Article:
The proposed Office of Insurance Information currently before Congress was among the issues state insurance commissioners discussed last week during their gathering in Chicago.
The meeting of the National Association of Insurance Commissioners, Kansas City, Mo., also picked over a proposal by the Securities and Exchange Commission, Washington, to bring indexed annuities under the SEC’s oversight.
The OII came up as part of a broader overview of bills that the NAIC continues to track, according to interviews with insurance commissioners at the meeting.
Roger Sevigny, NAIC president-elect and New Hampshire insurance commissioner, said that the group continues to work with Congress on the proposal.
The NAIC was working with Rep. Paul Kanjorski, D-Pa., and his staff to reach accord on language that defines an agreement in the bill, H.R. 5840, says Sevigny.
Crafting of the definition is considered important because it would limit authority that federal regulators already have and would not preempt current state authority.
Sevigny reiterated the NAIC’s “vehement” opposition to an optional federal charter proposal.
The commissioners’ meeting also discussed a proposed rule, 151A, which would define the terms “annuity contract” and “optional annuity contract” under the Securities Act of 1933.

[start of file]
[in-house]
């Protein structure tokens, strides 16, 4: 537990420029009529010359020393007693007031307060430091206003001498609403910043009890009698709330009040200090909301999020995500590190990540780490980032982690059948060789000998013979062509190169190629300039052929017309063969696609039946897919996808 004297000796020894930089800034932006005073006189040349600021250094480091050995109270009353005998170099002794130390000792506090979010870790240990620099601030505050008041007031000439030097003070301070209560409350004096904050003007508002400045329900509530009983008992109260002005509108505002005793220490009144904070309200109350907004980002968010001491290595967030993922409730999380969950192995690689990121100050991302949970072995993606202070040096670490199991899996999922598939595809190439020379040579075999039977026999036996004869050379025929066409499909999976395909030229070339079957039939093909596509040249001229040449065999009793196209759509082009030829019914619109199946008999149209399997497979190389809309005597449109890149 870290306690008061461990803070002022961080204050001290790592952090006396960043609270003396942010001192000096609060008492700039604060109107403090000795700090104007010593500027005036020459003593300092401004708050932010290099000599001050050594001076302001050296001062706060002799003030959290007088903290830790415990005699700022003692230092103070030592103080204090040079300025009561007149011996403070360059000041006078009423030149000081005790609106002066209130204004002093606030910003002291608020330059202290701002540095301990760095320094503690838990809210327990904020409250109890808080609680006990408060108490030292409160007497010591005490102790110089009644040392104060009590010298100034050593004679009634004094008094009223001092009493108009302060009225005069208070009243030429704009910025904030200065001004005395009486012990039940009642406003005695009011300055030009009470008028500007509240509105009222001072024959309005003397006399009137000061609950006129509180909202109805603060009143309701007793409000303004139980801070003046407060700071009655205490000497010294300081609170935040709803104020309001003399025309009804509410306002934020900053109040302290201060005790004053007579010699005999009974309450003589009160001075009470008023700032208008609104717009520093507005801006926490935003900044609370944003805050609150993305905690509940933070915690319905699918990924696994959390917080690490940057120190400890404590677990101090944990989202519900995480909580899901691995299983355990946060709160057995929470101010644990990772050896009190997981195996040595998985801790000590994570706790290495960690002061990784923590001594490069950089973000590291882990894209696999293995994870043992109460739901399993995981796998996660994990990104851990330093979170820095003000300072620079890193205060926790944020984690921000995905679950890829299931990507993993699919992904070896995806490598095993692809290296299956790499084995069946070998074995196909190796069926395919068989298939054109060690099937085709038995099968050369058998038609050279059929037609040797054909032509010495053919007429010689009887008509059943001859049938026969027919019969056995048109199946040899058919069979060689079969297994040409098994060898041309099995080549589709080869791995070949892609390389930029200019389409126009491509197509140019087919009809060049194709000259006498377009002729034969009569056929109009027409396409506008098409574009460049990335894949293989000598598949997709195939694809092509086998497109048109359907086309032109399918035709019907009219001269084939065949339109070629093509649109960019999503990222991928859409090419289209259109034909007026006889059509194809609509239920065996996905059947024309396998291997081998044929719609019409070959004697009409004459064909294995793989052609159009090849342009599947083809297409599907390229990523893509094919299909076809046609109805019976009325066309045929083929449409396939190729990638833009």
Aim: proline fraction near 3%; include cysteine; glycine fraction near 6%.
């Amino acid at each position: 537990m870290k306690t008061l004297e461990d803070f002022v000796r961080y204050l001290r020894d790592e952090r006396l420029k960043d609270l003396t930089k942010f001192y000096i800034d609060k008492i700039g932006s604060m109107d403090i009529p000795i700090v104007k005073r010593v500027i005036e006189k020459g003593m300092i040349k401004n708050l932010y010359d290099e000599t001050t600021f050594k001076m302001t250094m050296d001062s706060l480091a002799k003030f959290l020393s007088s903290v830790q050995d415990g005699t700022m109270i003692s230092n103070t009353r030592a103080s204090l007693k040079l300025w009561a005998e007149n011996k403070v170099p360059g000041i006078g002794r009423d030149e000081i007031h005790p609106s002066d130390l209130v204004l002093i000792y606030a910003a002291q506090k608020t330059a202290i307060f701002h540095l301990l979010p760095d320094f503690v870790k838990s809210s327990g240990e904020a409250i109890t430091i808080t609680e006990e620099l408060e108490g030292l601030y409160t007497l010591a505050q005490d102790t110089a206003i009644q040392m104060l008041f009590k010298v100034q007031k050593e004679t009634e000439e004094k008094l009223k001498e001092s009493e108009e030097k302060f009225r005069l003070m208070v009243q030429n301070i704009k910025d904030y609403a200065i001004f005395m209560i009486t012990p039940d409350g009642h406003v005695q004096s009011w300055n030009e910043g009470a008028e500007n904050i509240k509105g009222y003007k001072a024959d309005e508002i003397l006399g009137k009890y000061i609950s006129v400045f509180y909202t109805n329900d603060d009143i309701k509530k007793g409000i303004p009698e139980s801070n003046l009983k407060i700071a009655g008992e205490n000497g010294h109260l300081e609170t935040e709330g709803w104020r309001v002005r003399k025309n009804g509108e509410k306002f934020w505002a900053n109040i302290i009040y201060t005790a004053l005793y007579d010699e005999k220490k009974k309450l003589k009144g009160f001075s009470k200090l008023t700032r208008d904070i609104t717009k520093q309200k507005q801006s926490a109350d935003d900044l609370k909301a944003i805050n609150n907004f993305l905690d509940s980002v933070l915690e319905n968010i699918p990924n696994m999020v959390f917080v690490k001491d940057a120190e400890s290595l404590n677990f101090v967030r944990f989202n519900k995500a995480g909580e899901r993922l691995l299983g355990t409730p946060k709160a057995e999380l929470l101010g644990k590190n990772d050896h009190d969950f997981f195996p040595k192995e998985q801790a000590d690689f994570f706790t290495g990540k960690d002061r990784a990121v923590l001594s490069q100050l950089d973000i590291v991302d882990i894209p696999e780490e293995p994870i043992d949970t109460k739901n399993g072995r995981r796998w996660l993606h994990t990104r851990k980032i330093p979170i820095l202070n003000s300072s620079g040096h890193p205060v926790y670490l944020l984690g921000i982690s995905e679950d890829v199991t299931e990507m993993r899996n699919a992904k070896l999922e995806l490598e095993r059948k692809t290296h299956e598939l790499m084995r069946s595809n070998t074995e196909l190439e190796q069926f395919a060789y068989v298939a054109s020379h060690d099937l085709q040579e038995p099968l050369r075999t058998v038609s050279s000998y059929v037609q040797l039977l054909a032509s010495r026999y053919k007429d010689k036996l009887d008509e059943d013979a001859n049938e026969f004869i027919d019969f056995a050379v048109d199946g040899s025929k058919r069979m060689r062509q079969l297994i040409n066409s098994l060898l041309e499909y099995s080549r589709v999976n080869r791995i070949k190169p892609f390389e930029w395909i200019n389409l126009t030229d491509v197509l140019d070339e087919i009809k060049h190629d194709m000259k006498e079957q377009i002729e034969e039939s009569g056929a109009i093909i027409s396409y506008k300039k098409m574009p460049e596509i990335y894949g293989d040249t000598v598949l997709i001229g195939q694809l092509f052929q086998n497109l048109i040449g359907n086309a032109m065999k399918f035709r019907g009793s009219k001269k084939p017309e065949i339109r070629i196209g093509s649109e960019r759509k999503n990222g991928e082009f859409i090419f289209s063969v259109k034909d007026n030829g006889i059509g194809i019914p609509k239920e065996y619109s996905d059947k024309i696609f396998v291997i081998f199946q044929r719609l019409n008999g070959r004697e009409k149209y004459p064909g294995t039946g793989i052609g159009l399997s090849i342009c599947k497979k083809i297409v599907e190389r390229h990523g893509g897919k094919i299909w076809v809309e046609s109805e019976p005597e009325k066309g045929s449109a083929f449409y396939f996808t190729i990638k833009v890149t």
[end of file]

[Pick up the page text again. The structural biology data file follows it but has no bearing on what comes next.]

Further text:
The proposed rule also would exempt certain insurance companies from filing reports under the Securities Exchange Act of 1934 for indexed annuities and other securities registered under the Securities Act.
Susan Voss, Iowa insurance commissioner and NAIC secretary-treasurer, said that “we need to demonstrate to the SEC and unfortunately, many state securities regulators, that there is not a problem” with the sale of these products.Voss said Iowa represents 44% of that business.
The NAIC asked for a 90-day extension of the SEC’s comment period so that state commissioners could discuss the proposed rule at its fall meeting in Washington Sept. 22-24.
Although the comment period ends Sept. 10, the National Conference of Insurance Legislators, Troy, N.Y, requested in an Aug. 18 letter to the SEC a 120-day extension so that it also could discuss the issue during its annual meeting Nov.20-23.